One Musical Hoagy Please? This blog takes a look at the timing of American musical trends. It uses the songwriter, Hoagy Carmichael, to illustrate the point. In the past, dominant melody and then dominant rhythm have taken turns in ten year periods. Individual writers here and there have written melodic works in a rhythmic era and vice versa; but there has been a ten year rhythmic cycle in public taste.
Hoagy Carmichael’s Epoch Making Song- Stardust One Musical Hoagy Please? Here’s the story.An effective way to gain some insight into these cycles involves the classic song, Stardust. It was written in the late 1920’s by Hoagy Carmichael. Hoagy made a fortune with it because of the Great Depression which began in October of 1929.
GOOD TIMES = RHYTHMICAL SONGS
Earlier, January of 1929, Joe walks downtown, he’s upbeat because “everything’s coming up roses.” He has plenty of money, a good looking dame and one of those new- fangled automobiles. He has a bounce in his gait and moves to the rhythm of the quick step song, “Five-Foot-Two”. The last thing he wants to hear is a long- winded beautiful melody. What a damper melody is!Continue reading
What’s Your Musical Angle? Just as a salesman usually has an angle to sell his product, a pianist should have an angle formed by the tilt of his hands toward his thumbs not only when playing scales and arpeggios but also most of the time. Prepared thumbs are only one of several necessary techniques necessary for playing scales effectively.
Use your thumb as a fulcrum With you thumbs resting on the white keys, raise and tilt your hands and other fingers toward the thumbs so that while the thumb along with the first, second and third fingers stay grounded, the 4th and 5th fingers are slightly elevated as follows: The fourth finger barely touches the white key, while the 5th hangs suspended in the air ready to pounce on the key when required. Since the 1st, 2nd and 3rd fingers are strong, they do not need additional strength to strike the keys, while the 4th and 5th finger do. With the hands tilted toward the thumbs, these weaker fingers can make use of lateral motion from above to get a fuller sound. This is essential because not only are the 4th and 5th fingers the weakest on each hand but as you will now see:Continue reading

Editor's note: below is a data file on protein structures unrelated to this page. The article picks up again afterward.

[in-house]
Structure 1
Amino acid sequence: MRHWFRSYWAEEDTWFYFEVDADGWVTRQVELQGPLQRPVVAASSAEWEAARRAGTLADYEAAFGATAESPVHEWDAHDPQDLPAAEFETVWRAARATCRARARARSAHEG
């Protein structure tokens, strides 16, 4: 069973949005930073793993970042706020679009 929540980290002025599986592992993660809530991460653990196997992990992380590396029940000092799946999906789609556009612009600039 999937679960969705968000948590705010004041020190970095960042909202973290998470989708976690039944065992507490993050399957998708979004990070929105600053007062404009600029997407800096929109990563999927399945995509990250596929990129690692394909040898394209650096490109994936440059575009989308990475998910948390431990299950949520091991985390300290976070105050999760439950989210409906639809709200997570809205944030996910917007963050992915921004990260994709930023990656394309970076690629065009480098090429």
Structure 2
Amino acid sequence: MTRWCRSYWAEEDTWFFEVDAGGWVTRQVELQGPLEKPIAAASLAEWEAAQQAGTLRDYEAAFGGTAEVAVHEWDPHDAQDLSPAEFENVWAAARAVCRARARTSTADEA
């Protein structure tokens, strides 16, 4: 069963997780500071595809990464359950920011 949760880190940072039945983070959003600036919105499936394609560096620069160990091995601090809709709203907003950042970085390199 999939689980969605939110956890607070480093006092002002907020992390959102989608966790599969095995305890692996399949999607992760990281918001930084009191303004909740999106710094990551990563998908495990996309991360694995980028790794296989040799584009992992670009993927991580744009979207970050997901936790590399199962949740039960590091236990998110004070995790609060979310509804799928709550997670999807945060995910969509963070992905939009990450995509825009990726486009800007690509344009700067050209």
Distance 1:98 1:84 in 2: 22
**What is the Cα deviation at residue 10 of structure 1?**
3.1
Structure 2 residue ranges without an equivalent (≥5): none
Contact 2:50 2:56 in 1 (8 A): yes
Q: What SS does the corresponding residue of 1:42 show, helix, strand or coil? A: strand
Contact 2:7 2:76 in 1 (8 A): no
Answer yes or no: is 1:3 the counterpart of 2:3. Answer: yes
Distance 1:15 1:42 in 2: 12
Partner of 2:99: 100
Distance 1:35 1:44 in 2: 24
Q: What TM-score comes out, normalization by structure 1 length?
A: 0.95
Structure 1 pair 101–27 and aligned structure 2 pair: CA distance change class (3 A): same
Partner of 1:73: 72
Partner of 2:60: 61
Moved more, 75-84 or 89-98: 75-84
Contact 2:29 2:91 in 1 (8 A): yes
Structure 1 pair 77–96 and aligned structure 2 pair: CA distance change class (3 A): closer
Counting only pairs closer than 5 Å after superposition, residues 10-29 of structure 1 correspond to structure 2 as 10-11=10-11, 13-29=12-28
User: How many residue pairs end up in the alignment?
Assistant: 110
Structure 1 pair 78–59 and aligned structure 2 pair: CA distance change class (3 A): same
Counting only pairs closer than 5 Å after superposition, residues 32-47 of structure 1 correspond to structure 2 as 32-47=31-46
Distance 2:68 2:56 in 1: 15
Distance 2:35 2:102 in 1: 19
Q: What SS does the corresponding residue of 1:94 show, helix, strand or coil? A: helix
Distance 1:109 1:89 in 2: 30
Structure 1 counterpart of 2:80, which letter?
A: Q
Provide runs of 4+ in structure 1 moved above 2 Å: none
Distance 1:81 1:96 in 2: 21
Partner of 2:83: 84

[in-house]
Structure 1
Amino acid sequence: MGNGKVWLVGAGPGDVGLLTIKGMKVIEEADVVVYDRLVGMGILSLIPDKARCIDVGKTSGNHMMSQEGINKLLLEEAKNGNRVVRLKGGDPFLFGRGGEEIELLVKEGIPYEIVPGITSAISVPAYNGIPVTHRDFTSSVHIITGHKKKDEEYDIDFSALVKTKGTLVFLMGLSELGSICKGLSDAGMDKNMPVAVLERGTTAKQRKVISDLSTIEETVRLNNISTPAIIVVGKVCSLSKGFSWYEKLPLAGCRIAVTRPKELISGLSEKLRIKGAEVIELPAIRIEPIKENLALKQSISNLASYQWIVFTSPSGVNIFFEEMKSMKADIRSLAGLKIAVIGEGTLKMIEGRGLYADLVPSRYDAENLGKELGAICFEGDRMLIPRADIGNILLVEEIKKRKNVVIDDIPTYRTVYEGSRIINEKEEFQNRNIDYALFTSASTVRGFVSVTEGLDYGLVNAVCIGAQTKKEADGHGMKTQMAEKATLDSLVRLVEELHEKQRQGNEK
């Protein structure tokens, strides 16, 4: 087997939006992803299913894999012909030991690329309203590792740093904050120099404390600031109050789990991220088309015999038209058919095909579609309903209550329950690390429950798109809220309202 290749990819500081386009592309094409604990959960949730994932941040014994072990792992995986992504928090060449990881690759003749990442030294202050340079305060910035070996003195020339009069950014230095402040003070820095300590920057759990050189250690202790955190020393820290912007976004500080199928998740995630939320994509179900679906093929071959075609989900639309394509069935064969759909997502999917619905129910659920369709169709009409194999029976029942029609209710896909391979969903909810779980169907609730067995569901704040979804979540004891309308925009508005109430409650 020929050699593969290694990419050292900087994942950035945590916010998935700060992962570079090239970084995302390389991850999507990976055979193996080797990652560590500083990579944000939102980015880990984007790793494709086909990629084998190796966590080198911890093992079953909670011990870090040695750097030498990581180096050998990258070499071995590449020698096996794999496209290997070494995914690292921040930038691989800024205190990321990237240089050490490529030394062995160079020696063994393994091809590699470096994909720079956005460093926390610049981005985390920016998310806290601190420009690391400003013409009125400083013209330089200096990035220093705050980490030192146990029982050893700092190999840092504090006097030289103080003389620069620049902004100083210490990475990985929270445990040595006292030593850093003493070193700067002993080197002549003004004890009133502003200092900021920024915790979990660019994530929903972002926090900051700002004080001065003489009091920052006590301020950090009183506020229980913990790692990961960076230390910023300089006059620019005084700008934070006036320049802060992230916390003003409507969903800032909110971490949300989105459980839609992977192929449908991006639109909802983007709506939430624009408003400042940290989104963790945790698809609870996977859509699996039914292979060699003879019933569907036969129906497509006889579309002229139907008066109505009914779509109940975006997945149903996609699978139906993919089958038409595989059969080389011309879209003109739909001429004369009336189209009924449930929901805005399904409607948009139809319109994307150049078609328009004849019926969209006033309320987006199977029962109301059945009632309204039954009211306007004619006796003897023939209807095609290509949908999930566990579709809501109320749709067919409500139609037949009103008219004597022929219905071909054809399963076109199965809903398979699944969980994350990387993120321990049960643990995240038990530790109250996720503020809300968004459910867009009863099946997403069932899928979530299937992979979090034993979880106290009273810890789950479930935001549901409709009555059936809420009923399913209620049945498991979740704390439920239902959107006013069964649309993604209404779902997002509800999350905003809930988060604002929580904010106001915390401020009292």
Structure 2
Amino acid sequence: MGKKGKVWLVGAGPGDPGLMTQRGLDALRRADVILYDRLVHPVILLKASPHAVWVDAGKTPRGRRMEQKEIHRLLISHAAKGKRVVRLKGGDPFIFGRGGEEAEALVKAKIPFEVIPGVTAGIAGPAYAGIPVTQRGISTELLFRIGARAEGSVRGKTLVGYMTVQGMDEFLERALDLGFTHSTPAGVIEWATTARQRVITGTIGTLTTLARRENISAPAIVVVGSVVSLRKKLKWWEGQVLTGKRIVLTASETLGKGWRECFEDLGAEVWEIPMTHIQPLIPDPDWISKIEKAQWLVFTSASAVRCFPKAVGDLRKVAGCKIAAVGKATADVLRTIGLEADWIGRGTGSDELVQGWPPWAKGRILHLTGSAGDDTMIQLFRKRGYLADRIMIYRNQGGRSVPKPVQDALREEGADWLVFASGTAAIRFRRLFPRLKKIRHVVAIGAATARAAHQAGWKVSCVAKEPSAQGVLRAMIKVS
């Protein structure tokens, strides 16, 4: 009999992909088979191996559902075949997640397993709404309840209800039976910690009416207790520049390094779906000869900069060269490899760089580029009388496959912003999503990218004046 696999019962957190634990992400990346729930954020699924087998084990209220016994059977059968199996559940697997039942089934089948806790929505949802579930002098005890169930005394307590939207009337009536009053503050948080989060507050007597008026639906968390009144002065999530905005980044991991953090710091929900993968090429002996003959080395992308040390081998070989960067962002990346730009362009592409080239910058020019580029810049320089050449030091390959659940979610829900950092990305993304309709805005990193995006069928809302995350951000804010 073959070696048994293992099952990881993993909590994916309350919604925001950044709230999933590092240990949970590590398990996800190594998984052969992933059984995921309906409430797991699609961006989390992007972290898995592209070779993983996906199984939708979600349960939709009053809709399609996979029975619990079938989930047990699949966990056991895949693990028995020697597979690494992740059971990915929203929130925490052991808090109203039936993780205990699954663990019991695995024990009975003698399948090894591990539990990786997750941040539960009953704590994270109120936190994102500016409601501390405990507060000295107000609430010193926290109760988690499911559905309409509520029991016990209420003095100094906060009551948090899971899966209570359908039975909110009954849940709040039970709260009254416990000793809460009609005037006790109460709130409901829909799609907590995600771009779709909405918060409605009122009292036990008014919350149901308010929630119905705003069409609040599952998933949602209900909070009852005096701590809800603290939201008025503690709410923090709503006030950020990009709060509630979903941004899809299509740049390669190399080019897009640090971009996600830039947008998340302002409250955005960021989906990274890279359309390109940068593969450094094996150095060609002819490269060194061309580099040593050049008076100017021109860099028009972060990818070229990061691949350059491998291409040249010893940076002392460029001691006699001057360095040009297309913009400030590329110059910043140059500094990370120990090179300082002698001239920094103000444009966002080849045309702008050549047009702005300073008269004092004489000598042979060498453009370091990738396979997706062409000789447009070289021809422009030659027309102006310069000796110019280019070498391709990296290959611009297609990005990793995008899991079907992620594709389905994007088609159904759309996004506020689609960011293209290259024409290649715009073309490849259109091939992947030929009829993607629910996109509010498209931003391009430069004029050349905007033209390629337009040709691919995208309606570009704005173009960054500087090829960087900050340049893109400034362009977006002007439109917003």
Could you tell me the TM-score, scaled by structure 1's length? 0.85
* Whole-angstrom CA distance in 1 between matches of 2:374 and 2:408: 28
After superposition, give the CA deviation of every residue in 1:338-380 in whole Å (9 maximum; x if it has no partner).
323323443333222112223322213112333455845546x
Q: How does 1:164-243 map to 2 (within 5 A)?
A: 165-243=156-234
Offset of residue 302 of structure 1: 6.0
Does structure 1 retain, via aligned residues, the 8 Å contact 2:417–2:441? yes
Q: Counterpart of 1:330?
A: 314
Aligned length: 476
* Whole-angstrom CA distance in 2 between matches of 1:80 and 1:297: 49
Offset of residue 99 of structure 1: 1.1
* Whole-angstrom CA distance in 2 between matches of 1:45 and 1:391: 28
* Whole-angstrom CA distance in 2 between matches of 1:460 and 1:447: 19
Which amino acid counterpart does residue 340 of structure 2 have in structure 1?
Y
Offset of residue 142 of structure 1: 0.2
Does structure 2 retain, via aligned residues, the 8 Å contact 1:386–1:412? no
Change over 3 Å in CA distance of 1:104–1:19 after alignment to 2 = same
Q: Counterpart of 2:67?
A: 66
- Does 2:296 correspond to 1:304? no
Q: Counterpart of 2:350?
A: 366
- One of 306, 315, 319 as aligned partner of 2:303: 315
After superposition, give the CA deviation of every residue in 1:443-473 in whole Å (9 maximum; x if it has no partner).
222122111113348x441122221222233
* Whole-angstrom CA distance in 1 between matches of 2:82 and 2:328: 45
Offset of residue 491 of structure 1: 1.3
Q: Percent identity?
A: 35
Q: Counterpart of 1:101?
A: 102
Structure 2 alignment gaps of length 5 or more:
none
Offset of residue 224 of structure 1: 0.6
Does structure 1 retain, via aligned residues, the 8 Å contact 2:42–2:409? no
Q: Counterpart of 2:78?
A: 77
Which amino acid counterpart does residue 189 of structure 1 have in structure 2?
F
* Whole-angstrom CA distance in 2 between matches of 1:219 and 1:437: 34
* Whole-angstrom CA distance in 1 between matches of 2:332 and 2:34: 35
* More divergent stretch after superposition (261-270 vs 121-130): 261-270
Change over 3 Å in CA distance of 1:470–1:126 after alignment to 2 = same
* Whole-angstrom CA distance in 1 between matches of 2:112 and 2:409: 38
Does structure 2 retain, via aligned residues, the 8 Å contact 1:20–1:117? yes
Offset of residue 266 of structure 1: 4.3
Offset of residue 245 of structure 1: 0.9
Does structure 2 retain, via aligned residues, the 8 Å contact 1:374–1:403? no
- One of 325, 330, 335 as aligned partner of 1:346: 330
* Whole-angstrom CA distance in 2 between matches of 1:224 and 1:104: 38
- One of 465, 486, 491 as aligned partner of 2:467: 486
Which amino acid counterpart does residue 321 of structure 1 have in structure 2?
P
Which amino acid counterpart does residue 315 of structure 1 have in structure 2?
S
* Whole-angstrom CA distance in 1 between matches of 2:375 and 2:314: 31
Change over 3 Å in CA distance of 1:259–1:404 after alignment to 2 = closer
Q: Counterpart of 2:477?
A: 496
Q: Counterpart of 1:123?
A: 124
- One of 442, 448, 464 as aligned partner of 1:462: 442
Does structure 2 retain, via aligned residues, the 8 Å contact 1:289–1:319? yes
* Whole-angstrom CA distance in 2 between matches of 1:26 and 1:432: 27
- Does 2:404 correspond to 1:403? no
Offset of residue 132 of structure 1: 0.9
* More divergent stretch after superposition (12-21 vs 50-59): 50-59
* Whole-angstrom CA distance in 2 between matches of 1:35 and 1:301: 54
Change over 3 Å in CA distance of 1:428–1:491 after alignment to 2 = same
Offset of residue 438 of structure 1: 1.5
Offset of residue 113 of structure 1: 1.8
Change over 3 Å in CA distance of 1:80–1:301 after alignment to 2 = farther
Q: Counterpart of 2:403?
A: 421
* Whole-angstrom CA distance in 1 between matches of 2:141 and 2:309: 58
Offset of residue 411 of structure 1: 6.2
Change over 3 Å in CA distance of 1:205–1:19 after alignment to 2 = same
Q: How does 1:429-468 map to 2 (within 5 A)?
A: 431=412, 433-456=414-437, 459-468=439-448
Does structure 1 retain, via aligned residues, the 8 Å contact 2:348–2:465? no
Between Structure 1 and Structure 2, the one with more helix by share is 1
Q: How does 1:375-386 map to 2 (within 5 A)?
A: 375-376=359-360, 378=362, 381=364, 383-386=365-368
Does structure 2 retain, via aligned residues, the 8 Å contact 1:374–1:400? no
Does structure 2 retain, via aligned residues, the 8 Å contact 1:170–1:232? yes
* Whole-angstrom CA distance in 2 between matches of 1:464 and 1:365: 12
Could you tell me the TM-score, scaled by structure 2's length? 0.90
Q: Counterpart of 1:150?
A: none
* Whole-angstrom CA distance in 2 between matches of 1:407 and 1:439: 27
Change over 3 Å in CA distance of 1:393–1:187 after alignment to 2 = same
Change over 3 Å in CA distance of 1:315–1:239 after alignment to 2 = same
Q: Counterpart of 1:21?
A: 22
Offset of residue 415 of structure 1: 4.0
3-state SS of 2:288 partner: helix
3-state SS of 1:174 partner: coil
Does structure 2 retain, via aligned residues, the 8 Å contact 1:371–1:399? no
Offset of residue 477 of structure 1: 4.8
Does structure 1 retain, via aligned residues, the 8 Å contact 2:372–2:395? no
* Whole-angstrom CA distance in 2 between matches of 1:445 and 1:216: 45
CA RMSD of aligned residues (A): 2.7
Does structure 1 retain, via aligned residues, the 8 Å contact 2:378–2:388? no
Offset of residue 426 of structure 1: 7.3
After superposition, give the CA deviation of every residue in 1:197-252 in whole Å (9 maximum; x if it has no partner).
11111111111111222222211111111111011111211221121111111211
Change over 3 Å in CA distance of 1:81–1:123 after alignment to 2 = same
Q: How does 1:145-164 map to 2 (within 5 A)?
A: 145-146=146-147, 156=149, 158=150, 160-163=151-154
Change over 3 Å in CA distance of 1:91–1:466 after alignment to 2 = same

Beethoven’s Innovative Prepared Thumb: Beethoven was not only the greatest pianist of his day and arguably the greatest composer, but he was also a great innovator of piano technique. Among the techniques he invented was the “prepared thumb” for scales and arpeggios. My piano instructors can trace their training back to Beethoven. How? Well… working backwards, I studied for 14 years in Detroit with Mischa Kottler. Kottler studied in Vienna with Emil von Sauer in the 1920s. Von Sauer studied two summers with one of the greatest pianists ever, Franz Liszt. Liszt studied with Carl Czerny – the greatest writer of piano exercises of the classical era. Czerny studied with none other than Beethoven, himself.
Beethoven’s Innovative Prepared Thumb: for Playing Scales
In the figure below, I share how the principle of the prepared thumb is executed in motion. The C major scale, as played by the right hand, shows the correct fingering with the corresponding letter names of the pitches.
Letters: C D E F G A B C D E F G A B C
Fingers: 1 2 3 1 2 3 4 1 2 3 1 2 3 4 5
As you ascend the scale note by note, the moment you strike your 2nd finger on “D”, tuck your thumb under the palm of the hand to prepare to play the “F”. The hand must be held in a high arch to make room for the thumb so it doesn’t scrape the keys below. When you place your 3rd finger on the key to play the “E”, the thumb is already there waiting on the “F”.
As you proceed further into the scale a slight variation occurs, three notes G-A-B are played before the thumb is reused. The thumb is tucked under in the same fashion but when you play “B” with your fourth finger the thumb does not reach the “C”. So, the hand glides horizontally in a tiny jump to land the prepared thumb on the next “C”. This way you prevent strain.
Playing Scales Smoothly
The prepared thumb should contribute to evenness of tone as one plays up and down the piano. Nothing is as annoying than hearing a thumb go thumping on the keys after every third and fourth finger during scale work. When playing scales, the top of your hand from its knuckles to the forearm should be still. The scale work in Beethoven’s concertos and sonatas often require speed and fluidity. For that purpose, Beethoven had to “build a better mousetrap”.
One Full Year of Study and Practice
Mischa Kottler told me, it takes a year of training to have good hand position. Kottler played with the Detroit Symphony Orchestra until age 93 without injury. I have a limited number of openings for piano students in the Sarasota area. In season I play six nights weekly at the Gasparilla Inn in Boca Grande Fl. If you are interested in studying, E-mail me for schedule availability.